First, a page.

Per- and polyfluoroalkyl substances (PFAS) have received significant public and media attention in the US, EU, and Australia, in part due to their toxicity, extreme persistence, and documented water pollution. However, information about PFAS in other parts of the world is largely lacking and the information which is available is difficult to access.
Over the past few months, IPEN Participating Organizations in twelve Middle Eastern and Asian countries conducted surveys to explore possible PFAS uses and pollution sources, scientific studies and government actions, including under the Stockholm Convention. Countries covered include: Bangladesh, Egypt, India, Indonesia, Japan, Jordan, Lebanon, Malaysia, Nepal, Sri Lanka, Thailand, and Vietnam.
The ILPPW, which will take place from October 25th until the 31st, is an initiative of the UN-backed Global Alliance to Eliminate Lead Paint with this year’s edition focusing on the need to accelerate progress towards the global phase out of lead paint through regulatory and legal measures.
Drone view of Thai "dioxin factory" where circuit boards and wires are burned in a giant smelter. Toxic smoke belches from the stack, while ash piles are visible in foreground, and imported electronic equipment seen in the background. Photo Basel Action Network (BAN).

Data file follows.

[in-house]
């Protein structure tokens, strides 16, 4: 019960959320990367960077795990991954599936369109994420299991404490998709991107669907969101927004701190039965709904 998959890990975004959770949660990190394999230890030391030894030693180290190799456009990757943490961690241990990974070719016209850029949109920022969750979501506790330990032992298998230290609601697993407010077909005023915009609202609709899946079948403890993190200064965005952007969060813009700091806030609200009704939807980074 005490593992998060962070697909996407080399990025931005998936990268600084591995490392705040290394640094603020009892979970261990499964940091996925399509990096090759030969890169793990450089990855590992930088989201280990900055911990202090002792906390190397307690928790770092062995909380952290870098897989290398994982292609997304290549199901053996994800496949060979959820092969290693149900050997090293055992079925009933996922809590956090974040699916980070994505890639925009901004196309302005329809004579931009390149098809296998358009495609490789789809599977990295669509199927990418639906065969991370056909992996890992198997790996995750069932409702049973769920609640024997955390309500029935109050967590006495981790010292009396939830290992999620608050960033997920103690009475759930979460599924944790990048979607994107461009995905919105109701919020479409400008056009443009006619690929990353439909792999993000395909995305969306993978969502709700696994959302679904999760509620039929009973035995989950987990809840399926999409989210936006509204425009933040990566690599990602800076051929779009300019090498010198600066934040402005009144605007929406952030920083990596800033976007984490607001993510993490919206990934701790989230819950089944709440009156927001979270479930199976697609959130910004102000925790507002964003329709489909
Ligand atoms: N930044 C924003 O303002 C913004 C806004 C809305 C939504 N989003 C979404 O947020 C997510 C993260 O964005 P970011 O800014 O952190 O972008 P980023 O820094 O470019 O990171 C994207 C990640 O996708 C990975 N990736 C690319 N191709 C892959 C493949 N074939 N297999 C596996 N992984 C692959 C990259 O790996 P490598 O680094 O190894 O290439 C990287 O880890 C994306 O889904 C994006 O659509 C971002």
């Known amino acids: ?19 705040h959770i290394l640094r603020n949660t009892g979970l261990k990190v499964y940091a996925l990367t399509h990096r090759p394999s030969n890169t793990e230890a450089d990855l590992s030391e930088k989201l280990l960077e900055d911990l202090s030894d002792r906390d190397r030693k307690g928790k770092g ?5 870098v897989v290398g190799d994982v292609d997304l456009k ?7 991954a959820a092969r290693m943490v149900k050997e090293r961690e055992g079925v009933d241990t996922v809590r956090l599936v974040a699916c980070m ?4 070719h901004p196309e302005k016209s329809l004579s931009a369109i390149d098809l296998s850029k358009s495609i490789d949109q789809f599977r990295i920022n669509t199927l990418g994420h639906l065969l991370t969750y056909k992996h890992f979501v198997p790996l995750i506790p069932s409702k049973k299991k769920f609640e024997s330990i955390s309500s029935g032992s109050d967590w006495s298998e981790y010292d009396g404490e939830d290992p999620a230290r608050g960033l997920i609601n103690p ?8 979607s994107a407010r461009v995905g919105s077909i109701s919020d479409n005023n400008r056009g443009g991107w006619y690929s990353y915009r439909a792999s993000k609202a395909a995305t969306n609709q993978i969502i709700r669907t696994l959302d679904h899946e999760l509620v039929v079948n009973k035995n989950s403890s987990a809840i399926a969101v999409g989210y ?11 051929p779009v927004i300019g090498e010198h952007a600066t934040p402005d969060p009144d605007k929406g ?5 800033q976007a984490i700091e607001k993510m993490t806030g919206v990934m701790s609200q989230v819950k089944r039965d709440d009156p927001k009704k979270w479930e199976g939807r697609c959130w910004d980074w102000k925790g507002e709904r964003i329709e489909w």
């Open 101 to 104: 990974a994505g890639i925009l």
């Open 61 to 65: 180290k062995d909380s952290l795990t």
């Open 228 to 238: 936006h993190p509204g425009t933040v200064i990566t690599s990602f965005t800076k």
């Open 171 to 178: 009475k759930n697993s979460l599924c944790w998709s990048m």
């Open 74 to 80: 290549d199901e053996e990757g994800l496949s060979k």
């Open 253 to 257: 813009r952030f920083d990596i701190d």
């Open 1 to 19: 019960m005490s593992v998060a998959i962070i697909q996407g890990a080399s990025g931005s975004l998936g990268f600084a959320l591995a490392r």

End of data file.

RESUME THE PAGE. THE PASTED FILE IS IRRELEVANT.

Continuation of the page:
Strict Enforcement and Similar Actions by other Countries Called For
Thursday, 08 October 2020
Bangkok, Thailand and Seattle, WA, USA. October 6, 2020. Following repeated revelations of the dumping of electronic wastes, from countries such as the US, Japan, and Australia, the Thai government has finally passed a full prohibition on the import of such hazardous wastes into Thailand. Environmental groups that had been calling for such a ban for several years applauded the move but now call for vigorous enforcement of the law, the addition of plastic wastes and the ratification by Thailand of the Basel Convention's Ban Amendment.
This is a press release from the Network for a Carcinogen-Free Society and IPEN. The Network for a Carcinogen-Free Society includes the following groups: Citizens' Action to Create Gunsan without Carcinogens; Civil Action to Create Ulsan without Carcinogens; Coalition of Health and Medical Organizations to Realize the Right to Health; Pharmaceutical Society for a Healthy Society; Dental Society for a Healthy Society; Labor Health Alliance; Humanitarian Practitioner Council; Young Korean Medical Association for the Realization of True Medicine; Green Alliance; Child Health National Solidarity; iCOOP Seoul Council; Korean Women's Environmental Network; Wonjin Foundation; Environment Health Research Institute; National Metal Workers' Union; Korean Confederation of Trade Unions; National Parents' Association for True Education; Green Education Solidarity; Blue Gwangmyeong 21 Action Council; Environmental Movement Alliance; and Environmental Justice.